Tuesday, November 06, 2012

Gardening for the next era.


This is a concept, I am making up as I go along.  I expect it to evolve.
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Each gardener has a local climate.  Also local soil, local minerals, local water, local plant diseases and insects.  By growing what grows best locally, the gardener pioneers for himself, and also for future gardeners.  Big companies can't/won't do that.  They grow what looks and does the best in big, regionally centralized commercial nurseries.  Plants that look best in the big box stores and garden centers.   Those may be shipped hundreds of miles.  For farmers, a genetic "bottleneck", is created, eliminating diversity by marketing genetically engineered crops that require commercial chemicals to grow.  
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Generations of gardeners and farmers in the past saved their seeds.  They created countless varieties of plants and great genetic diversity, and local adaptation.  Genetic diversity created opportunity and flexibility for changed conditions.  Now, with a much smaller number of hybrids (which don't grow true from saved seeds), and genetically engineered plants, that are not legal for gardeners to reproduce, we are increasingly dependent on plants that are not designed for diversity, not locally adapted, not amenable for the individual gardener to develop, probably more susceptible to disease, insects, climate challenges.  The effect is complete dependency on the marketer and chemical company, and at the same time, more risky plants with less future potential, and more dependency on chemical products for the garden.
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This is not to demonize hybrids.  Many of them are great.  But there is a lot to be said for saving seeds, starting your own plants from ones that do well for you, and sharing them with others.  It's usually easy.  It's very rewarding to see plants that I grew from seeds, that I collected from plants that I grew from seed, that I collected....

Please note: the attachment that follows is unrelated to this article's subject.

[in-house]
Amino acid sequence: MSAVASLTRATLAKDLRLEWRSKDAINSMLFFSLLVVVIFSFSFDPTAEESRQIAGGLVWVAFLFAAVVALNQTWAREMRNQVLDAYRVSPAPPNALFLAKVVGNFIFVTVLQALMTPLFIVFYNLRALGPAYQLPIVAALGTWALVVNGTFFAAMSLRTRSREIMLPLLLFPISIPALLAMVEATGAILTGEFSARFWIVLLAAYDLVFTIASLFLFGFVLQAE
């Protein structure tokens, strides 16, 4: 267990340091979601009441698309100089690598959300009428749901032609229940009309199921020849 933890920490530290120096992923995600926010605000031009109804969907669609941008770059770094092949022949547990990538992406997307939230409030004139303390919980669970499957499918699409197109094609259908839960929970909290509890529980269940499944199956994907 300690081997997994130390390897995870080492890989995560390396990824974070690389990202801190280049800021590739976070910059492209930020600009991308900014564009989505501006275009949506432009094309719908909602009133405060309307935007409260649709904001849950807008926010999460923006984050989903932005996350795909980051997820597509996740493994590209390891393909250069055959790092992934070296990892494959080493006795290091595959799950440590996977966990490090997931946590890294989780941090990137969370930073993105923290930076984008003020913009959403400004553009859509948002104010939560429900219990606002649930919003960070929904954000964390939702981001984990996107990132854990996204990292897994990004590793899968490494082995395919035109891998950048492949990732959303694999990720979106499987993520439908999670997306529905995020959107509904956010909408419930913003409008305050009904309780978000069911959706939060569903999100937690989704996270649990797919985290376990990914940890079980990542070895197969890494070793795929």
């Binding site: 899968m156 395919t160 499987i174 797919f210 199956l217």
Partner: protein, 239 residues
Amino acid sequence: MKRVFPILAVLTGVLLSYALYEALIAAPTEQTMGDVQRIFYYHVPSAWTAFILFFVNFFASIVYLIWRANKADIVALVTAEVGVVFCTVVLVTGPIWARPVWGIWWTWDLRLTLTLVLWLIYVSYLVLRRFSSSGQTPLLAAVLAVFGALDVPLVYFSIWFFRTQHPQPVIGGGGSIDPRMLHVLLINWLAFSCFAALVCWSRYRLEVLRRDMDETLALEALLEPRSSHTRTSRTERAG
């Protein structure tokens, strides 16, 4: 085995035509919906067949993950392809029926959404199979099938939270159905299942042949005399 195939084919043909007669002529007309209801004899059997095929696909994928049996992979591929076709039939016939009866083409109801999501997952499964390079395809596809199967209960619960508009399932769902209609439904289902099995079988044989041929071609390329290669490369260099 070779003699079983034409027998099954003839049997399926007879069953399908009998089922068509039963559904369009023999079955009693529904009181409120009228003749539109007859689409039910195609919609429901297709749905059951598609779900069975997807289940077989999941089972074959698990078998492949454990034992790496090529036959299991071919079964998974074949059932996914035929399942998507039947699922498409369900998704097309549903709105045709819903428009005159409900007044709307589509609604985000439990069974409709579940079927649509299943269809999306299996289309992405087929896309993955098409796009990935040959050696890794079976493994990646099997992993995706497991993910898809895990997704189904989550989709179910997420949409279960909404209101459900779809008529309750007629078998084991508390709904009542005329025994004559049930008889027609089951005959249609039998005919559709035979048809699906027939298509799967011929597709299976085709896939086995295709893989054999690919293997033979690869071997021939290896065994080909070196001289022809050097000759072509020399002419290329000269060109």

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Then there's trees.  Most nursery-grown trees are grown as cloned grafts from a small number of varieties.  Even forest trees are made via clones of the fast producing varieties.  That makes them more susceptible to disease and climate challenges.  By growing trees from seeds, you provide future generations with more genetic diversity.   You create a buffer against clonal degradation, and propagate varieties that prosper locally.  You grow a tree that is most likely to thrive in your own community.  That tree may impart disease or insect resistance not present in a clone.  In addition, cloned plants, especially grafts, carry viral disease from one generation to the next, but seeds do not proliferate the viral infections.  Virally weakened plants are less vigorous and less productive.  
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Figs and roses are good examples.  Grafted roses do not live as long, and virally infected roses are more susceptible to weather challenges.  Most figs carry fig mosaic virus, which is thought to make them less productive.  
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Many trees are easy to grow from seeds.  A young person will live to see the tree mature.  An older person will know that they have given something valuable to future generations.  As a boy, I grew maples, ginkgos, honey locusts, maples, and oaks from seeds.  Even though I don't live in the region where these were started, the last time that I visited, some of those trees were amazing, huge trees.  Shows how old I am.  My grandfather grew peaches from seeds.  More recently, I've grown ginkgos, peaches, cherries, and plums from seeds. 
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 The 15 year old ginkgo in my back yard is now about 20 feet tall.  That seed came from a tree, grown from seed from my elderly boyhood neighbor, Herman Deege.  He taught me about how gingkos were around in the time of dinosaurs.  Most commercially grown gingko trees are a handful of clones, all male to avoid growing female trees that make stinky, messy fruits.  However, ginkgos are also a food crop.  Americans have not caught onto that yet.  Similar thoughts apply to other tree species - ginkgos happen to be a favorite of mine.
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I'm planning to use more open pollinated, locally adapted varieties as time passes.  If I see a seed from a tree that is prospering, I might grow it.  I'll continue saving seeds from garden vegetables, and some fruits, that do well for me here.  I don't think I have to spend decades developing varieties.  Much of that has been done.  I just have to be conscious about my choices, and conscious about saving seeds when the opportunity presents.

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